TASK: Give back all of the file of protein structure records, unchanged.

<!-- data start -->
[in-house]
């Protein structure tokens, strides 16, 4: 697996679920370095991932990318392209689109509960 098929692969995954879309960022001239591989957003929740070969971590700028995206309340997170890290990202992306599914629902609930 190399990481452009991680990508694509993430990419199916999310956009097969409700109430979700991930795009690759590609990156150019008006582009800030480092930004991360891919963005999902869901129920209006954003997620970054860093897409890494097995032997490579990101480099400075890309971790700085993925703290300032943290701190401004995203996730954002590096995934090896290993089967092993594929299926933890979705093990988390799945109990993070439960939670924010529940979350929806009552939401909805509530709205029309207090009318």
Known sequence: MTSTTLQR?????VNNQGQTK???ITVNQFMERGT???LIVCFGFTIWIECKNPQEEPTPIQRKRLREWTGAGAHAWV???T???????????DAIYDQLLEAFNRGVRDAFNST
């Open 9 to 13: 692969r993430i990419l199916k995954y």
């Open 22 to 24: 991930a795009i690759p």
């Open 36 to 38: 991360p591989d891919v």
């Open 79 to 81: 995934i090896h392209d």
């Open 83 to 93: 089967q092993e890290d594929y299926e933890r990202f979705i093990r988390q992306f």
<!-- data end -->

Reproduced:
[in-house]
């Protein structure tokens, strides 16, 4: 697996679920370095991932990318392209689109509960 098929692969995954879309960022001239591989957003929740070969971590700028995206309340997170890290990202992306599914629902609930 190399990481452009991680990508694509993430990419199916999310956009097969409700109430979700991930795009690759590609990156150019008006582009800030480092930004991360891919963005999902869901129920209006954003997620970054860093897409890494097995032997490579990101480099400075890309971790700085993925703290300032943290701190401004995203996730954002590096995934090896290993089967092993594929299926933890979705093990988390799945109990993070439960939670924010529940979350929806009552939401909805509530709205029309207090009318």
Known sequence: MTSTTLQR?????VNNQGQTK???ITVNQFMERGT???LIVCFGFTIWIECKNPQEEPTPIQRKRLREWTGAGAHAWV???T???????????DAIYDQLLEAFNRGVRDAFNST
């Open 9 to 13: 692969r993430i990419l199916k995954y």
């Open 22 to 24: 991930a795009i690759p």
């Open 36 to 38: 991360p591989d891919v």
């Open 79 to 81: 995934i090896h392209d």
């Open 83 to 93: 089967q092993e890290d594929y299926e933890r990202f979705i093990r988390q992306f």